Mantis shrimp are not the only marine organisms to take advantage of polarized light in communication and defense; in fact, it can be argued that the cuttlefish pulls even more amazing stuntsâ€”camouflaging itself from predators while sending colored light signals invisible to everyone except other cuttlesâ€”all while only being able to see the color green. So how, and more importantly why, do they accomplish this?
Cuttlefish skin, like that of other cephalopods, has evolved to be able to display an incredibly wide range of appearances, both in color and texture. Texture is accomplished through fine muscle control of the actual flesh, allowing the cuttle to match a gravelly bottom, for example, by making the skin bumpy. Color displays are created by chromatophores and iridophores which are able to react quickly in response to stimuli. Chromatophores are simply packets of pigment in skin cells in layers (yellow to the outside, brown to the inside and red between) which can expand or contract. If red expands and the others contract, you have a red cuttlefish. An all-red camouflage might work if the cuttle resided on Sesame Street, but in the ocean patterns and hues are much more complex, and the cuttle matches this by varying the amount of each chromatophore it shows, and in which location. Interestingly, the goal of the cuttle is not to match the environment exactly, and this has been proven in experiments putting cuttlefish in tanks with pure black and white stripes. To match this precisely in a moving body of water would be nearly impossible. Instead, the goal of the cuttle camouflage is to break up lines and to break up the background, making the cuttle not a perfect match, but difficult to pick out. Predator eyes are trained to recognize movement and clear lines in unusual places; by staying still and breaking up the straight smooth lines the cuttle is passed over.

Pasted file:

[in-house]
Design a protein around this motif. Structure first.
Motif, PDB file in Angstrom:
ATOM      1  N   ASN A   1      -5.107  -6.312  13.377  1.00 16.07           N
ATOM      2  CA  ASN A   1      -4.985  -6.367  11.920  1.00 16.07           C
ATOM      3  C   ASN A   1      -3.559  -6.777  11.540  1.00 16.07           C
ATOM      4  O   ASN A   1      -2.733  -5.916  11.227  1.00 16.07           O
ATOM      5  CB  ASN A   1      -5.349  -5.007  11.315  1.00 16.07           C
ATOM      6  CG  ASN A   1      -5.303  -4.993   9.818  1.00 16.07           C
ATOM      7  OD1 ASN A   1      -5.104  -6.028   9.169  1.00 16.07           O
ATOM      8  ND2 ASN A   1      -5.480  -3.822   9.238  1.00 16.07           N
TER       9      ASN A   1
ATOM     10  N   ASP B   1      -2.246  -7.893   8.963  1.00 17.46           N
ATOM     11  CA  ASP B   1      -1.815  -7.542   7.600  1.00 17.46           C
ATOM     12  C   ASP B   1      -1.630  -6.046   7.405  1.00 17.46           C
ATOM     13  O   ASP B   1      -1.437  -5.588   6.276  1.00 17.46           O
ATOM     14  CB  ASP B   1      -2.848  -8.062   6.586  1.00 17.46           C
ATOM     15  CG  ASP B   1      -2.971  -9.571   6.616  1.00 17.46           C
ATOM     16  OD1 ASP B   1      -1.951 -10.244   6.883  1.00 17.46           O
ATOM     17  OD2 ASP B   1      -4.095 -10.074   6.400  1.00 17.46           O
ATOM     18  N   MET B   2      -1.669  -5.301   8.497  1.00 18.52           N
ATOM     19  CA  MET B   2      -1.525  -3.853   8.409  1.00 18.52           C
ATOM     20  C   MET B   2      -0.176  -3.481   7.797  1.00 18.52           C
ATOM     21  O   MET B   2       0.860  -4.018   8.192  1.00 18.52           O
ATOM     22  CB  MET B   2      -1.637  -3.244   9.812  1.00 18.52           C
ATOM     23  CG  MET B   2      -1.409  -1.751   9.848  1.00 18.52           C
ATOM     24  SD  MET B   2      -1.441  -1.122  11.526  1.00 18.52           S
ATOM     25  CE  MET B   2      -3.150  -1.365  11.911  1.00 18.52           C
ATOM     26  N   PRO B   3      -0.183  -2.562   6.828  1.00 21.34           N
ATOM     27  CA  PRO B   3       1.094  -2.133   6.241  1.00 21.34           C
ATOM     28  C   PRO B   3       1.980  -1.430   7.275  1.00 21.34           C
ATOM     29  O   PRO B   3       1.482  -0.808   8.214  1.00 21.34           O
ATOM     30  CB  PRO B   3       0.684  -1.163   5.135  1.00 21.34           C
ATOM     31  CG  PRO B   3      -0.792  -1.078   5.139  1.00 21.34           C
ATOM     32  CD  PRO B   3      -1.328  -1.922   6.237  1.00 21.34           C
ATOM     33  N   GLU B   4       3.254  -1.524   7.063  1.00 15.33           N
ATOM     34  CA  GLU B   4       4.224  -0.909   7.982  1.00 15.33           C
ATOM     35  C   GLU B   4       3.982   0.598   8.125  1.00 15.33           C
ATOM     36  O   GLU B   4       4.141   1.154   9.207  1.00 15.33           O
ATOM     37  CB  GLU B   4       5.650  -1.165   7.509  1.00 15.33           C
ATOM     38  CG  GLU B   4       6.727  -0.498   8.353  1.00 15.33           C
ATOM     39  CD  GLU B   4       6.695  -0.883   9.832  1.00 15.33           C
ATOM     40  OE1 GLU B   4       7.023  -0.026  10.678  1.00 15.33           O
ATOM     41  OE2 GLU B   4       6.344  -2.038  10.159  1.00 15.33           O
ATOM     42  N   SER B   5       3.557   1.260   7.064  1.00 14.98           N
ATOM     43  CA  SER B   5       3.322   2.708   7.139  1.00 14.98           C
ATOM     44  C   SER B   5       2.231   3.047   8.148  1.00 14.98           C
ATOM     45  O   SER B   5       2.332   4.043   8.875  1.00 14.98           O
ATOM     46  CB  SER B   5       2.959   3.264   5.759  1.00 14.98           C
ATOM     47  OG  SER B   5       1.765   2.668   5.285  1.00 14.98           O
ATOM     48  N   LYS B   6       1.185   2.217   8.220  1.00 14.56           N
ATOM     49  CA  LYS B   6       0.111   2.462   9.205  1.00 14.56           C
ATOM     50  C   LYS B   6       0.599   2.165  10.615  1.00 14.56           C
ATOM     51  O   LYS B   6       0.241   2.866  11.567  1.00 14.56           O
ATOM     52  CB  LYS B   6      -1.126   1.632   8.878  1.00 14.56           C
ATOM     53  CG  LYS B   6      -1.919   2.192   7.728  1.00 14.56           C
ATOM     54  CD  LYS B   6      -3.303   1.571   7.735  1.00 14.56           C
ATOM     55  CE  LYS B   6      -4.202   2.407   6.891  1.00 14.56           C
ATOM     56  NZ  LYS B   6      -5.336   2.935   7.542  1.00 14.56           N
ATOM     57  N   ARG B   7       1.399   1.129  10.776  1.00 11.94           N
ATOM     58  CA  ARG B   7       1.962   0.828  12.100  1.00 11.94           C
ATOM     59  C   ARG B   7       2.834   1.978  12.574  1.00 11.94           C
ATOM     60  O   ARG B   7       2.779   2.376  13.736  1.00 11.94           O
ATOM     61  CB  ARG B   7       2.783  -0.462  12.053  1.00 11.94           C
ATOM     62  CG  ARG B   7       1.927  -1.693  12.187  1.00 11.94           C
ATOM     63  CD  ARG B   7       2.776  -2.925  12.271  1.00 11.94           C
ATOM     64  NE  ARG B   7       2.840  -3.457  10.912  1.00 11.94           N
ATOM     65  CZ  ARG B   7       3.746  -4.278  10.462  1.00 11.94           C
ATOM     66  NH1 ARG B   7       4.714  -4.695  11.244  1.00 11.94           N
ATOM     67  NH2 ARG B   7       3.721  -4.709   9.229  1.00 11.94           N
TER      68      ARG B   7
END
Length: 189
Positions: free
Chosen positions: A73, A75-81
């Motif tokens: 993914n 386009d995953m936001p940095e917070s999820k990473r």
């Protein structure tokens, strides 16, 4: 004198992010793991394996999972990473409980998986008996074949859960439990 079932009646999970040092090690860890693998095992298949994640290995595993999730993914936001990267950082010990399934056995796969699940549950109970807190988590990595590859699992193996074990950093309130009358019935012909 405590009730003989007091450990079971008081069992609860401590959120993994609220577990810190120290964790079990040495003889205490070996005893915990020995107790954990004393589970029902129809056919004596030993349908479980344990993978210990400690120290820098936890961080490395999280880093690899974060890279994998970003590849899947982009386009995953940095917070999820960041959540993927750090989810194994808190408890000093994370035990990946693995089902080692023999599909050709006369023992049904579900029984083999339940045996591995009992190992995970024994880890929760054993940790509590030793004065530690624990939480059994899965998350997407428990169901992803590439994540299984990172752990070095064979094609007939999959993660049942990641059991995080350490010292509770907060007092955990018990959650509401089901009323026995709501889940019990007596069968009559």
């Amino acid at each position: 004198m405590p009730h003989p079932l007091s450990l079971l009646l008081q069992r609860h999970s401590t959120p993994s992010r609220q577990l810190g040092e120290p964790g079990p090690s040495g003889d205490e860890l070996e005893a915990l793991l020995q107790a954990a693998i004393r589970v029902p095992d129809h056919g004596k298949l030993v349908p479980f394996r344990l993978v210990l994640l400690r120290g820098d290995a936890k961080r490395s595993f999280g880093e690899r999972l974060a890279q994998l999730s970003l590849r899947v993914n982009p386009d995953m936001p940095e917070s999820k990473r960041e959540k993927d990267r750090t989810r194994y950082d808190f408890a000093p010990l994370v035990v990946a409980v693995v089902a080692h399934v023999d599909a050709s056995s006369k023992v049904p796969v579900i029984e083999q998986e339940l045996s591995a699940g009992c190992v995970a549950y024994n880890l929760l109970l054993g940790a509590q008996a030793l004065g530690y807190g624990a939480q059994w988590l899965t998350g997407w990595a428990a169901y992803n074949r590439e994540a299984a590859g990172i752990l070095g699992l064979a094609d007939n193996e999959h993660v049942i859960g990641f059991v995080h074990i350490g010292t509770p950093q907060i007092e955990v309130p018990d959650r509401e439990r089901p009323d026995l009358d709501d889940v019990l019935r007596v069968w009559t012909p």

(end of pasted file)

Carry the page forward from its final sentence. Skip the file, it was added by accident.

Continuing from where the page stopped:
Iridophores create the blues, pinks and purples of the cuttle repertoire, not by pigments, but by reflecting ambient light back at different wavelengths. Where chromatophores absorb light, iridophores use proteins like microscopic prisms to bounce back lightâ€”green light falling on the cuttle may be reflected as pink, for example. The combination of these two techniques allows cuttlefish to create some of the most stunning displays in nature.
Cuttles use these displays not only to blend in, but also to communicate with other animals. A flashy bright display can warn a predator to stay away, and it is theorized that some of the â€œmoving stripeâ€ patterns mesmerize prey, allowing the cuttle to slip in for a good meal. But if a predator is seen, how can a cuttlefish tell its fellow cephs that danger is near without drawing attention to itself? The answer is similar to the mantis: using polarized light. More on this, and how an essentially colorblind animal can be so color-savvy, in another installmentâ€¦